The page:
Still, the PSI is no silver bullet for halting the spread of nuclear, chemical, and biological weapons. It is true that more than 50 interdictions have been carried out under the auspices of the PSI, preventing the transfer of heavy water to Iran and North Korean exports of ballistic missile technology. But compliance is far from universal. And aside from ship boarding agreements, the PSI has no enforcement mechanism on the high seas. It's also limited by the strength of national cargo inspections and cannot technically require its participants to take action since it is an informal rather than legally binding agreement. There are signs pointing in the opposite direction, however, as countries continue to sign on and the Obama administration promised in its National Security Strategy to transform the PSI into a “durable international effort.”
The PSI is far from perfect, but it is a worthy endeavor. By remaining outside of its code of principles, intelligence sharing, ship boarding agreements, and implicit technical assistance provisions, Malaysia is casting aside an opportunity to secure its ports and prevent the proliferation of destructive weapons. It's time for the Najib administration to engage with international partners to prevent WMD trafficking, dismantle front networks, and enhance Kuala Lumpur's nonproliferation credibility.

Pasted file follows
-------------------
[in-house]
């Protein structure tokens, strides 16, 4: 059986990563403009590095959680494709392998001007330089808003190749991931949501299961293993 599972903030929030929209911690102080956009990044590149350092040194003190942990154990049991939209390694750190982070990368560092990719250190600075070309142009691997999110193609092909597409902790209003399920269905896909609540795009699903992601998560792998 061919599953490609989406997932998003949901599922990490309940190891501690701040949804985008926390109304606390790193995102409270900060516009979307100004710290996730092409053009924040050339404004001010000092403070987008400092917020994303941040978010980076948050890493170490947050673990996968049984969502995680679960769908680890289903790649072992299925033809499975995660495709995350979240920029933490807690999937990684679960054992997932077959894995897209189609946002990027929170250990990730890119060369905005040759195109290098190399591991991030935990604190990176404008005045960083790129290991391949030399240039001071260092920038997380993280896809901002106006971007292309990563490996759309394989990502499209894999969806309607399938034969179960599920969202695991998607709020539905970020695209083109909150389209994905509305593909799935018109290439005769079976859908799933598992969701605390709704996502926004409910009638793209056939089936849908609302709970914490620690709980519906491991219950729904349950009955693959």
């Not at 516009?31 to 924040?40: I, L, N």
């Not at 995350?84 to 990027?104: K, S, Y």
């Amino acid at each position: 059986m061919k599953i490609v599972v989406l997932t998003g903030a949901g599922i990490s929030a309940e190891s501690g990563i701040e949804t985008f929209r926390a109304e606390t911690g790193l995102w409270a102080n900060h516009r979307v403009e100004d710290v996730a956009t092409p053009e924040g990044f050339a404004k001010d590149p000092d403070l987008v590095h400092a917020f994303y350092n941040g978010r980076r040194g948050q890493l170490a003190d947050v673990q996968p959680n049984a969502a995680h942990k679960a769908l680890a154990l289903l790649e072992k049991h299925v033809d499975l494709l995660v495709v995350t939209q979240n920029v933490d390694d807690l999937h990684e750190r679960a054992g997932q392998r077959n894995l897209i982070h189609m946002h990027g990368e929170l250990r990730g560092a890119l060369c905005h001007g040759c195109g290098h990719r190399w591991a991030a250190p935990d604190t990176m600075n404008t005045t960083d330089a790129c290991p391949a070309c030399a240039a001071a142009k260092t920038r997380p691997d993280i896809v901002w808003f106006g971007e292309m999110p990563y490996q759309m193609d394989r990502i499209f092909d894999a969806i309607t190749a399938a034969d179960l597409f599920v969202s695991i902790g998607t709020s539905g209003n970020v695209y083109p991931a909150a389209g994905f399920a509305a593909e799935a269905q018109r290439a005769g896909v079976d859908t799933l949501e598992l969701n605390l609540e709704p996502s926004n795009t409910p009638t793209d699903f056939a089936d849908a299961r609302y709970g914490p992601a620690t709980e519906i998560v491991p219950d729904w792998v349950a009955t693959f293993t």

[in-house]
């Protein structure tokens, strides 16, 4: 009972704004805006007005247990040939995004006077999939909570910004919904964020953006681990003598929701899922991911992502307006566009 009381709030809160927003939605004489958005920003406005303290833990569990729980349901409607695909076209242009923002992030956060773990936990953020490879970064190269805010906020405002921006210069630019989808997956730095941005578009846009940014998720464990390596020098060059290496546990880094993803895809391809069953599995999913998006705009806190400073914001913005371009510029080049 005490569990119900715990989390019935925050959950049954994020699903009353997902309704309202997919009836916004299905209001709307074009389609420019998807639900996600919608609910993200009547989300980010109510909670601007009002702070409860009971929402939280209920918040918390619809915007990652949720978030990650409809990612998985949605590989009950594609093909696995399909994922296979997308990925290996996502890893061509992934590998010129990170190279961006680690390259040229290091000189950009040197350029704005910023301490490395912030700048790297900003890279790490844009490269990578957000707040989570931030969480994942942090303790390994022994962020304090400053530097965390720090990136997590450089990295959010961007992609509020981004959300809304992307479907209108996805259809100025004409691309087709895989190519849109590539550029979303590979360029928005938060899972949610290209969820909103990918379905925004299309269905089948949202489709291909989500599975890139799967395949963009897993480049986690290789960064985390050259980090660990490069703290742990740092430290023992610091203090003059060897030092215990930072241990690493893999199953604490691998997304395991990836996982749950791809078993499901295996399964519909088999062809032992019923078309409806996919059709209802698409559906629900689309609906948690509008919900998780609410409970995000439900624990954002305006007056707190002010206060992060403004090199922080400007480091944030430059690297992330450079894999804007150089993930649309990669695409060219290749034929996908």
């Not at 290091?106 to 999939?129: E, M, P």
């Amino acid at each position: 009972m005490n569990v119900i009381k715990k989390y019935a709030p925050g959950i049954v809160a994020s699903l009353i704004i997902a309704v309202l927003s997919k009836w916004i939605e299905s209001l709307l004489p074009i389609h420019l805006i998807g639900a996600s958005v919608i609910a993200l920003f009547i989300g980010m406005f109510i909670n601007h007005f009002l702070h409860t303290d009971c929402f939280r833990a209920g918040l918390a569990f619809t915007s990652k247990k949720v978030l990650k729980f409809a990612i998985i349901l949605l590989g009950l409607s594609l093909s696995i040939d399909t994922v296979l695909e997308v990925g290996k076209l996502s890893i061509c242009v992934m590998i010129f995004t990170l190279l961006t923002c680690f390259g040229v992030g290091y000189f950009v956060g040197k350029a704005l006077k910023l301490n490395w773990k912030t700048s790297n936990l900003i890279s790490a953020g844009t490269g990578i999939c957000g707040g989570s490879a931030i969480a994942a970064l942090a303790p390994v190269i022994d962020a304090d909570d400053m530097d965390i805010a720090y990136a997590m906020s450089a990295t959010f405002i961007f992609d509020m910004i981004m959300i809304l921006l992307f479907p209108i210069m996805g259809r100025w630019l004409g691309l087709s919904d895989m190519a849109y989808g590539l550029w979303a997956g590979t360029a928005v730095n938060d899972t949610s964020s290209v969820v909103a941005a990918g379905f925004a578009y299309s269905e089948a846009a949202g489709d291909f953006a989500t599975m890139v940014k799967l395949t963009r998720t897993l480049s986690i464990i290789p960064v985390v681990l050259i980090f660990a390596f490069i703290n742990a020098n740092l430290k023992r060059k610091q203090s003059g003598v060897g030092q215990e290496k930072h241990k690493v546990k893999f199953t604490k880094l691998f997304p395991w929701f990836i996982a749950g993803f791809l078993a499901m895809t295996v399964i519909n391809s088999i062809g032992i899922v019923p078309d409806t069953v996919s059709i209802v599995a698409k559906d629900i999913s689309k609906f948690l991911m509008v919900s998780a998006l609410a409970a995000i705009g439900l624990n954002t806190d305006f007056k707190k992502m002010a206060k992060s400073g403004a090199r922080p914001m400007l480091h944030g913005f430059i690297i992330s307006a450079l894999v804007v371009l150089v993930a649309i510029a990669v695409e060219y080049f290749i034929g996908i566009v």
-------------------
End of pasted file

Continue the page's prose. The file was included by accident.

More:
Endorsement of the PSI could entail such benefits as the ability to inspect suspicious vessels flying the flags of partner countries, foreign aid in constructing and implementing effective inspection and export control regimes, and technical assistance with radiation detection and other vital security procedures. There's simply no rhyme or reason why the Malaysian government shouldn't be interested in these things.
Stephen Herzog is a visiting research associate at the Washington, DC-based Federation of American Scientists, where he focuses on nonproliferation issues. He is also associate editor of Bellum: A Project of the Stanford Review. The views here are his own.